This article examines some of the central Buddhist teachings as a contribution to a postcolonial reading. It understands Buddhism not as a religion but as a cognitive theory. From that standpoint, its non-theistic outlook, its emphasis on introspection, and the practice of mindfulness make this discipline a powerful tool for individual transformation. Thus, Buddhism can redefine any social or political praxis from the most intimate and personal to the most external reality. A key to this is to take full responsibility for the actions, words, and thoughts that give rise to the world we all share.

  • Una teología destituyente

    This article provides an overview of the Jehovah’s Witnesses denomination. After a brief development of their origins, it breaks down some of their central beliefs. Next, it seeks to unveil and disentangle what lies behind what they call «political neutrality» and how this involves them in dilemmas vis-à-vis national states. The article concludes by demonstrating the compelling incidence of the private sphere —such as the religious and theological elements— on the public sphere, which recognizes the blurring of the line separating the two registers.

  • Más allá de Babel
  • De orientalismos y occidentalismos: Porosidades trans/decoloniales desde las miradas de Franz Fanon, Edward W. Said y Hassan Hanafi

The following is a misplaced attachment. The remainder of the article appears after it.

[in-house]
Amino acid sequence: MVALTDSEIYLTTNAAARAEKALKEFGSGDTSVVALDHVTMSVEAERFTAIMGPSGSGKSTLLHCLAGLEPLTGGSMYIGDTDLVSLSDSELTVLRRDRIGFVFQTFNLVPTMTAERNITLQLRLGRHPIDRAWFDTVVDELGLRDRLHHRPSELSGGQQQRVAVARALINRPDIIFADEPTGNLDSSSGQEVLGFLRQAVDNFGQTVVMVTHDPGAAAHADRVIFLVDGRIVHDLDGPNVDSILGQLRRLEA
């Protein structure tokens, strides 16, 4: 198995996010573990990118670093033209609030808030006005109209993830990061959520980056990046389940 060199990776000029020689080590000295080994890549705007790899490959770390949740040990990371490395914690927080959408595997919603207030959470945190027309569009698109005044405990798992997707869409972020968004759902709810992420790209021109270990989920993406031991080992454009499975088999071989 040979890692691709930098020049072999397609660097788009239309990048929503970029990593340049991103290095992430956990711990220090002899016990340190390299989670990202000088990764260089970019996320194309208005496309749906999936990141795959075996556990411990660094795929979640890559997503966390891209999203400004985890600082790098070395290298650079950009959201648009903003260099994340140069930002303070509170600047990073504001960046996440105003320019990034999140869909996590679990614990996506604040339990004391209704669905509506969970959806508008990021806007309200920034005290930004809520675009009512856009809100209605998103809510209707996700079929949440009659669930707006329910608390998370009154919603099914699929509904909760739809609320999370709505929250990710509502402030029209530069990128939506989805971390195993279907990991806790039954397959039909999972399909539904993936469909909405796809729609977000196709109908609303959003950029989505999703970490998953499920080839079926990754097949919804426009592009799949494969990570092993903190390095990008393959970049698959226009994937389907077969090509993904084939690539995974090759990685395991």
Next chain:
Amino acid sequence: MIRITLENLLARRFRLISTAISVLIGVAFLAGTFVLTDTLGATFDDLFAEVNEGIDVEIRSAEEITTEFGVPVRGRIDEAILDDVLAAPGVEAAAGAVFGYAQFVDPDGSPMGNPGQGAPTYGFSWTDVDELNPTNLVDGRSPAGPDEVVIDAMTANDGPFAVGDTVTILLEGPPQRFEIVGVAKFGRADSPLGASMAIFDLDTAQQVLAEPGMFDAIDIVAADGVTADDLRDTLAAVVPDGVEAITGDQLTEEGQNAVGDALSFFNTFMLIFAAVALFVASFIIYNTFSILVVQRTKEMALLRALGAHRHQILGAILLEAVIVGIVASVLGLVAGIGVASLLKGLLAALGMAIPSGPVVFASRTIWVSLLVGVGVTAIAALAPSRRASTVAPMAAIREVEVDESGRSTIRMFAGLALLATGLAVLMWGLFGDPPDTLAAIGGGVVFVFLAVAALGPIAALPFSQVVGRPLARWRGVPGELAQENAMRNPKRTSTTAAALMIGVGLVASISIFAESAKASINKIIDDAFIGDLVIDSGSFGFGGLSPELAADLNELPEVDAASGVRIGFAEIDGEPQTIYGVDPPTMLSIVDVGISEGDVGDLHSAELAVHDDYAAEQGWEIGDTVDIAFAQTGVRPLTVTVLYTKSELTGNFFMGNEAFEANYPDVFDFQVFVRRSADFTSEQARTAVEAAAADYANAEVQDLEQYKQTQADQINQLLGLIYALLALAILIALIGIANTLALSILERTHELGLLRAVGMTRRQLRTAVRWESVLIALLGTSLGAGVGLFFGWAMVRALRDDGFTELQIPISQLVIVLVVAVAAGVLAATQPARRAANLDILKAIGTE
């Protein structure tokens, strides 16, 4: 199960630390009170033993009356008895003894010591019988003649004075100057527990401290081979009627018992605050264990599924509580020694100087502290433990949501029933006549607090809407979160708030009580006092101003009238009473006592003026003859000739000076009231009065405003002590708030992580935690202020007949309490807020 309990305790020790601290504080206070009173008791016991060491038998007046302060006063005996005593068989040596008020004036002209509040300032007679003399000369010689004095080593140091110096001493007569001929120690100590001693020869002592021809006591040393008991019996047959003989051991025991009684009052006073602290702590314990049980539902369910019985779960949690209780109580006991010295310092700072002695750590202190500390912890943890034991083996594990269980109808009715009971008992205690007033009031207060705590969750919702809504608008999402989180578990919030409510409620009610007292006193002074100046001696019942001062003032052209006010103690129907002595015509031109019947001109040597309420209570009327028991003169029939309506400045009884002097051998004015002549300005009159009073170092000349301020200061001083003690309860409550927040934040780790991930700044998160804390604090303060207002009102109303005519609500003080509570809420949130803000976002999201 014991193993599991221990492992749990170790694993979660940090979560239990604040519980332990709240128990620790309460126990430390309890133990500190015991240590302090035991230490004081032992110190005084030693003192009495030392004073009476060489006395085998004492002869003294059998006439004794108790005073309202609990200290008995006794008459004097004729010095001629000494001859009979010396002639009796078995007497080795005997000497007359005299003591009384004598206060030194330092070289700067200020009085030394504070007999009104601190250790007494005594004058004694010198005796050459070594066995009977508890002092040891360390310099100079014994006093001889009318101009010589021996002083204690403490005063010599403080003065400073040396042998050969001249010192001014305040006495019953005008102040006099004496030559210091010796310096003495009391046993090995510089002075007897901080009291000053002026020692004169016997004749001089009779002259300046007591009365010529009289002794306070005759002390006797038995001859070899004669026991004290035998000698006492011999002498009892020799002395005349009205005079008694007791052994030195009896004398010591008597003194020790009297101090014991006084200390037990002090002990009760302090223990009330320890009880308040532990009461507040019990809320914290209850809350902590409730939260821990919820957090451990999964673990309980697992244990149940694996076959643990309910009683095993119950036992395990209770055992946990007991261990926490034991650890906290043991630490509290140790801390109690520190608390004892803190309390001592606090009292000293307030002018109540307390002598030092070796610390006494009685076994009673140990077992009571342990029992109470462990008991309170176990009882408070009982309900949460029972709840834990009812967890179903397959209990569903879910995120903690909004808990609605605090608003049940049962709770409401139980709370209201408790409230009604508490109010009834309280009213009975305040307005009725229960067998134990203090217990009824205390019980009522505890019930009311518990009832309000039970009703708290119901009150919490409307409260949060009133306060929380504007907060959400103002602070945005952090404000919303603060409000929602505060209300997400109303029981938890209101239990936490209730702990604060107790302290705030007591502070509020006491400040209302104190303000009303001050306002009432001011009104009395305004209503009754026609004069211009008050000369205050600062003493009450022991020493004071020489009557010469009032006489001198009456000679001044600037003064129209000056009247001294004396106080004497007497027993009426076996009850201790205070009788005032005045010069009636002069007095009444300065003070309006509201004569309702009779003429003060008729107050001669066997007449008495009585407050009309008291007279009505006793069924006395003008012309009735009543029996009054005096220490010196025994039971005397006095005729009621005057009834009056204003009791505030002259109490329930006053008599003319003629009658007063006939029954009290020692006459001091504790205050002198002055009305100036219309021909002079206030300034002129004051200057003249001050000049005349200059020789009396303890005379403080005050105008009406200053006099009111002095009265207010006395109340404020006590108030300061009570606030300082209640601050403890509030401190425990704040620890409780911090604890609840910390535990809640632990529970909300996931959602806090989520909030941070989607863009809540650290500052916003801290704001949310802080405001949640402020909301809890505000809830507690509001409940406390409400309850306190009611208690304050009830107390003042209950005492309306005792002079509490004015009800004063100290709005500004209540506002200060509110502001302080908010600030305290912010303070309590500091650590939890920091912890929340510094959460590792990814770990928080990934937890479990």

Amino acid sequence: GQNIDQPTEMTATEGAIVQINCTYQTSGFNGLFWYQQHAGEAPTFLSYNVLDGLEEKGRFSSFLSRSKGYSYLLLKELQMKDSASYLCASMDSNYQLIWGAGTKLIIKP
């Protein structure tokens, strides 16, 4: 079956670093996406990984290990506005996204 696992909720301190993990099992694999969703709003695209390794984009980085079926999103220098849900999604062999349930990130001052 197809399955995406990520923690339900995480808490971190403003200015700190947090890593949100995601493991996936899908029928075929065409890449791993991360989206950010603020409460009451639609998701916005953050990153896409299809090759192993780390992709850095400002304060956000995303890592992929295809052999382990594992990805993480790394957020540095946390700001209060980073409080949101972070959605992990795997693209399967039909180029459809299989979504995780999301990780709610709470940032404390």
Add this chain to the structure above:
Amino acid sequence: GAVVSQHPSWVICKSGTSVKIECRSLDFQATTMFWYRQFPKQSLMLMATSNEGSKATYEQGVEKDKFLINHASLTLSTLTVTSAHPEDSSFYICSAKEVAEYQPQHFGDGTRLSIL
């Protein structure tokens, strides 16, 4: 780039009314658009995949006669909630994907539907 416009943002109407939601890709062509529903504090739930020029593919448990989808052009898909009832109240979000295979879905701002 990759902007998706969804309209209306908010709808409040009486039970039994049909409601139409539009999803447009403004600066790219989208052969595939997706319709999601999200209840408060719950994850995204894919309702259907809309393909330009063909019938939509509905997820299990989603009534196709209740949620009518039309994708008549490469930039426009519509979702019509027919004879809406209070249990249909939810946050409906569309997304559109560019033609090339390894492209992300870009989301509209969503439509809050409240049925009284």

Este artículo analiza la situación del mundo árabe/musulmán en la mitad del siglo XX. Explica los tipos de colonialidad que han vivido Egipto, Palestina y Argelia. Centramos el análisis de las acciones político-sociales a la colonialidad en sus pueblos. Recobramos el pensamiento de Frantz Fanon desde la experiencia argeliana, para luego retomar en los casos de Edward Said —autor palestino— y su concepto de «orientalismo» y Hassan Hanafi — autor egipcio— y su propuesta del «occidentalismo». La última parte ensaya una contextualización de la obra de estos tres autores desde nuestra mirada latinoamericana situada en los conceptos de «porosidad» e «hibridez». Palavras-chave: colonialismo, Occidente, Oriente, islam, hibridez, porosidadEste artigo analisa a situação do mundo árabe/muçulmano em meados do século XX. Explique os tipos de colonialidade que o Egito, a Palestina e a Argélia experimentaram. Focamos a análise das ações político-sociais sobre a colonialidade em seus municípios. Recuperamos o pensamento de Frantz Fanon da experiência argelina, para depois voltar aos casos de Edward Said —autor palestino— e seu conceito de «orientalismo» e Hassan Hanafi —autor egípcio— e sua proposta de «ocidentalismo». A última parte tenta contextualizar a obra desses três autores a partir de nossa perspectiva latino-americana, situada nos conceitos de «porosidade» e «hibridez». Palavras-chave: colonialismo, Ocidente, Oriente, islã, hibridez, porosidadeThis article analyzes the situation in the Arab/Muslim world in the middle of the twentieth century. Explain the types of coloniality that Egypt, Palestine and Algeria have experienced. We focus the analysis of political-social actions on coloniality in their towns. We recover the thought of Frantz Fanon from the Algerian experience, to later return to the cases of Edward Said —Palestinian author— and his concept of «Orientalism» and Hassan Hanafi —Egyptian author— and their proposal of «Westernism.» The last part tries to contextualize these three authors' work from our Latin American perspective, situated in the concepts of «porosity» and «hybridity.» Keywords: colonialism, the West, the East, Islam, hybridity, porosity